So for those who care about such matters, there is a difference between a loan book and a trail book, and the difference is significant.

        DT also asked why more data isn’t available – exactly what do you want – it may already be available.

        The graphs show pretty much what I would expect, thanks for that. Question – how closely do they align if the AFG figures were retarded by 1 month – would it be more closely aligned due to the time difference.

        As for the data – I’ve been busy all day and have just looked at them now. My initial reaction is that I’m a little disappointed as the numbers have fallen, so it’s not matching my expectations. What we do have though, is a chance to compare the December release (November figures) with this release, and see what effect a rate cut will have. Considering the date of the cut, we really have a whole month of that cut to take into account. Probably a 90% effect.

        The fhb percentage went up, but the overall numbers went down. That actually calculates out to be a vey small fall in FHB numbers, so I don’t agree with the headline – a fall off in investors probably a more accurate headline.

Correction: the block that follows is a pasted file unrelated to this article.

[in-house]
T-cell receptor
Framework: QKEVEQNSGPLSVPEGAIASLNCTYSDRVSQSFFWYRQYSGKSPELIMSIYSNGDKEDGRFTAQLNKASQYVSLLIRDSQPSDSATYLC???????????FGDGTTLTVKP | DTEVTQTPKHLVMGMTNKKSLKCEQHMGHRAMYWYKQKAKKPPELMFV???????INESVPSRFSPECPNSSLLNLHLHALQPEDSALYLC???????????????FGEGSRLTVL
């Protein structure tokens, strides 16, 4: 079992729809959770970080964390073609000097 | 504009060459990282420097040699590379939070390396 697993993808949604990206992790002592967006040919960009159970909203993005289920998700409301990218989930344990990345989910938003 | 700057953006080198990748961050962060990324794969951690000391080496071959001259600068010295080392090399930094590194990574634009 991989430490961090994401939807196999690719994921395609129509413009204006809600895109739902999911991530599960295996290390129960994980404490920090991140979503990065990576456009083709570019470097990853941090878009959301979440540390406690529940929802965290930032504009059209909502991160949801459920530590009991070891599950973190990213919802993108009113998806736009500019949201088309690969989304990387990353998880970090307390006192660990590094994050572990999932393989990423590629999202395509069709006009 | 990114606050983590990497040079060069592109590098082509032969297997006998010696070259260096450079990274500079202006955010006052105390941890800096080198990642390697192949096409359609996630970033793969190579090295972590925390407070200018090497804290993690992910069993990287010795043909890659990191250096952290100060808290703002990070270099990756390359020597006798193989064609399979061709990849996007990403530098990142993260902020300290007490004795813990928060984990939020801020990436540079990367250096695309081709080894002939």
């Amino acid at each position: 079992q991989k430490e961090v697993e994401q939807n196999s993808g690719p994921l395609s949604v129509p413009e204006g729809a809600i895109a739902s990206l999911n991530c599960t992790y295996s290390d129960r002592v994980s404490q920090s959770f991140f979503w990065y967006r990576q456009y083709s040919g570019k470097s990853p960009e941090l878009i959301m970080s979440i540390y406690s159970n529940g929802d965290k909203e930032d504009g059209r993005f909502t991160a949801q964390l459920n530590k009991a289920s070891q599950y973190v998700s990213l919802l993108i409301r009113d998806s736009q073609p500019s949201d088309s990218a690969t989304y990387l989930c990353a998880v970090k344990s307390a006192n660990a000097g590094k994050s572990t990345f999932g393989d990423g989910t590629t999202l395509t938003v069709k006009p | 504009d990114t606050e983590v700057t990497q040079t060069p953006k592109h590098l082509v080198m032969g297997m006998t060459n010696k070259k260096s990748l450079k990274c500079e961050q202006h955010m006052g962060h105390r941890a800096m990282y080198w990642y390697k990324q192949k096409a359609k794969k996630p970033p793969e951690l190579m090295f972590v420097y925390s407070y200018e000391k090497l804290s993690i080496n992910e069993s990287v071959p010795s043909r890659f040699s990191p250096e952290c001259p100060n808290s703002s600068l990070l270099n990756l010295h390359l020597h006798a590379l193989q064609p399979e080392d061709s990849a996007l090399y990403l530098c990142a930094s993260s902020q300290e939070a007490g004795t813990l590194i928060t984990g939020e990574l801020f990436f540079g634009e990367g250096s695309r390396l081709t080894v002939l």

I’ll have a closer look tomorrow if I get time.

        Thanks again.

        PS – Merovingian where are you?

        • >As for the data – I’ve been busy all day and have just looked at them now. My initial reaction is that I’m a little disappointed as the numbers have fallen, so it’s not matching my expectations.

          Yeah.. the long term trend in Qld’s data looks like it is holding onto the downward slope. As you say December’s release may give us a hint if the .25% had any effect.

          • Qld will be hard to read on the AFG figures. The FHB numbers actually did rise in Qld, and I can believe a scenario where prices are rsing slowly in Brisbane but still falling on the Gold Coast, Sunshine Coast, Hervey Bay, Cairns/Port Douglas areas.

            Qld is more decentralised than other states.

            Even within Brisbane suburbs will be moving in different directions.

          • I agree Qld is hard to read. There are some strange things going on.